Syrian forces shot dead at least 40 civilians on Friday when they fired on demonstrators demanding international protection from President Bashar al-Assad's crackdown on pro-democracy protests, activists and residents said.
Tens of protesters were also wounded and hundreds arrested in one of the bloodiest days in seven months of protests demanding and end to 41 years of Assad family rule, prompting Arab ministers to send Assad their strongest message yet calling for an end to civilian killings.
The Arab League's committee on the Syrian crisis said on Friday it had sent an urgent message ... to the Syrian government expressing its severe discontent for the continued killing of Syrian civilians.
The committee said in a statement it had expressed the hope that the Syrian government would take action to protect civilians.
Arab ministers are due to meet Syrian officials on Sunday in the Qatari capital of Doha.
Most of Friday's killings occurred in the central cities of Hama, where Assad sent tanks and troops to crush large demonstrations three months ago, and Homs, a centre of protests and an increasingly armed opposition to his autocratic rule.
A no-fly zone is a legitimate demand for Homs, read banners carried by protesters in the Khalidiya neighbourhood.
NATO warplanes played a central role in the overthrow of Libyan leader Muammar Gaddafi, but the Western alliance has shown no appetite to intervene in Syria to halt violence which the United Nations says has killed 3,000 people.
Syria's opposition National Council has called for international protection. It has not explicitly requested military intervention, although street protesters have increasingly voiced that demand.
Assad has not used warplanes against protesters and a no-fly zone would have little impact on the crackdown unless -- as in the case of Libya -- pilots attacked his ground forces and military bases.
The anti-Assad protesters have been energised by Gaddafi's death last week. The demonstrations have spread to the countryside since tanks stormed several cities three months ago, forcing protesters to change their tactics of assembling in main squares and large, open spaces.
Authorities organised big pro-Assad demonstrations this week, with tens of thousands rallying in Damascus and the eastern town of Hasaka on Wednesday, and more pouring on to streets of the Mediterranean city of Latakia on Thursday. School children and public employees were ordered to attend.
Syria, a majority Sunni Muslim nation of 20 million people, is dominated by Assad's minority Alawite sect, an offshoot of Shi'ite Islam.
Aware of potentially seismic geopolitical implications if Assad were to fall, leaders of the mostly Sunni nations across the Arab Middle East have been cautious about criticising him as they struggle to deal with their own problems from the fallout of the Arab Spring.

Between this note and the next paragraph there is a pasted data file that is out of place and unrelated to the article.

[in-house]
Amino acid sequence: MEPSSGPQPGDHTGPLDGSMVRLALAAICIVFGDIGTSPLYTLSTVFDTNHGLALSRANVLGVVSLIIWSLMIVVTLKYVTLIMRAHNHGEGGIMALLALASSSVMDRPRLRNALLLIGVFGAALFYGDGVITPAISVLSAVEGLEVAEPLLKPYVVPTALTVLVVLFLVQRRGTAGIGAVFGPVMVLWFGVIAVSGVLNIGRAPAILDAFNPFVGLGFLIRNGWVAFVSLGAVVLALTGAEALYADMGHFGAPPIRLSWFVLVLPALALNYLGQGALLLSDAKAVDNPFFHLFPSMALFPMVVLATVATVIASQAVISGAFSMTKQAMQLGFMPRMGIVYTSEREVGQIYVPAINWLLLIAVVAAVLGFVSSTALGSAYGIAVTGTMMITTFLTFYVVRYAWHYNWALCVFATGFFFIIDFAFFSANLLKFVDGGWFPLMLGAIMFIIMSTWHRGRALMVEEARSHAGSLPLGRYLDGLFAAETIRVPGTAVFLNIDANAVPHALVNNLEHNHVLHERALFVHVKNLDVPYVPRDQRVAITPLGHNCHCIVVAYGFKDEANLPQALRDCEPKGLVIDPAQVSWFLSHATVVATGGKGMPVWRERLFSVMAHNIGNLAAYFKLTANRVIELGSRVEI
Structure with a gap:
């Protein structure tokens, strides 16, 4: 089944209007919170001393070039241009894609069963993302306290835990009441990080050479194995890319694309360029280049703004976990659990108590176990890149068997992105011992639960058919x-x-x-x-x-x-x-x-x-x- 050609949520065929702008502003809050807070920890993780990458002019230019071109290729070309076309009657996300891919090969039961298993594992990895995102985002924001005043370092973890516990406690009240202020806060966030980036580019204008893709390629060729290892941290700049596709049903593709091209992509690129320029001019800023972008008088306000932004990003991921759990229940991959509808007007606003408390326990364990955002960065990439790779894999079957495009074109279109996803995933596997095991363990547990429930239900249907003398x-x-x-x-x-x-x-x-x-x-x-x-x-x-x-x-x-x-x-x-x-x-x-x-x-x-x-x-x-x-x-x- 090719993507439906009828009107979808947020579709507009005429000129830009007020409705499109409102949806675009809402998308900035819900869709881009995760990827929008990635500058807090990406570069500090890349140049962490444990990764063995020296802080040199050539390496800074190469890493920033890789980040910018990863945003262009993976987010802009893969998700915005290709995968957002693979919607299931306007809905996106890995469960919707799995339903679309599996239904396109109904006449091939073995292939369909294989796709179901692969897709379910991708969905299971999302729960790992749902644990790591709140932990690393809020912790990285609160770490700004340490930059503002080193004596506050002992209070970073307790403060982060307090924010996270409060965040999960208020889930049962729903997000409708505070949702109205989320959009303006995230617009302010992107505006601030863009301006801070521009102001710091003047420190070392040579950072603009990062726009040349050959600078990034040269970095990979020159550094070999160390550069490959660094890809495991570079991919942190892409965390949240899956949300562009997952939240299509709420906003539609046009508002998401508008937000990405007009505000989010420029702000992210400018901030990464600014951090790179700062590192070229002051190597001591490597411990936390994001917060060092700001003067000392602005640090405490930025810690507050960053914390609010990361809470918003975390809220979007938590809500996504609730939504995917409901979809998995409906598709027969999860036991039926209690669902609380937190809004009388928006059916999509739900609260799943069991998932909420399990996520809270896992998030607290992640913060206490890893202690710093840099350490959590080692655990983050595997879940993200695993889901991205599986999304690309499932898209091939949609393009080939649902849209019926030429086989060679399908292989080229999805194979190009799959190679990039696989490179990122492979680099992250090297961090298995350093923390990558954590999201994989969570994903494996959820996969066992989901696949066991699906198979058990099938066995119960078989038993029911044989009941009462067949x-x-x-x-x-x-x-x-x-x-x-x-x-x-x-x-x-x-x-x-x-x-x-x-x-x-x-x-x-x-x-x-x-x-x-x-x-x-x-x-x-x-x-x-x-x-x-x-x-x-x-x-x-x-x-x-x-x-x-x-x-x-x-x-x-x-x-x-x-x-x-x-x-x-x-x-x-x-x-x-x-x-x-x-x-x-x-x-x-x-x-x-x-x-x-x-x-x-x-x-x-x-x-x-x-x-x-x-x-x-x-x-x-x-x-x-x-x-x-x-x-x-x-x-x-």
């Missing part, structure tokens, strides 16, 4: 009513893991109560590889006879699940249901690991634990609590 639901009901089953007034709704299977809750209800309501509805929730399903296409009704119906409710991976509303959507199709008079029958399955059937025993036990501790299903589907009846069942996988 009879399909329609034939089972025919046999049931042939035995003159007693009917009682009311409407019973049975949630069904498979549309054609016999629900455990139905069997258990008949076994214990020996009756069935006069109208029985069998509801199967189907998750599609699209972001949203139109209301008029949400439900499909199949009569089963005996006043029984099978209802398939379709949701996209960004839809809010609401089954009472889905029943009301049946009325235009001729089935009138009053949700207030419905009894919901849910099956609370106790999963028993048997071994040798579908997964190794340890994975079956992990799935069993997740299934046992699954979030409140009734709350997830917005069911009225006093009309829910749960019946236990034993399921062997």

A Sunni ascendancy in Syria could also affect Israel and play havoc with regional ties, with Assad strengthening an alliance built by his father three decades ago while also keeping to his father's policy of avoiding armed conflict with Israel along the occupied Golan Heights frontier since a 1974 U.S.-brokered cease-fire.
Assad held an inconclusive meeting on Wednesday with Arab ministers seeking to end the bloodshed by mediating a dialogue between him and his opponents and pushing for political reforms.
The Arab League had urged both sides to agree to a dialogue within two weeks -- a deadline that looms on Monday.
The authorities said they had major reservations about the proposal, while opposition figures said they could not sit down for talks unless there was a halt to the killing of protesters, disappearances and mass arrests.
Three days left, and we have 220 martyrs and counting, read a placard carried by protesters in the neighbourhood of Rankous on the edge of Damascus. Yes to dialogue -- after the downfall of the regime, said another in Homs.
After months of mostly peaceful protests, an armed insurgency has emerged, mainly in rural regions and in Homs, a city of one million, 140 km (85 miles) north of Damascus, where troops and pro-Assad militiamen have assaulted old neighbourhoods that have often seen demonstrations.
God, Syria -- We want a no-fly zone over it, shouted protesters in the Bab Tadmur neighbourhood of Homs.
In Hama, activists and one resident said Assad loyalists fired at a demonstration demanding Assad's ouster as soon at it broke out of Abdelrahman Bin Aouf mosque in al-Qusour district.
Syria has barred most foreign media, making it difficult to verify reports from activists and from authorities, who blame foreign-backed armed groups for the violence. The authorities say gunmen have killed 1,100 soldiers and police.
(Additional reporting by Dominic Evans and Mariam Karouny in Beirut; Editing by Alistair Lyon and Ralph Gowling)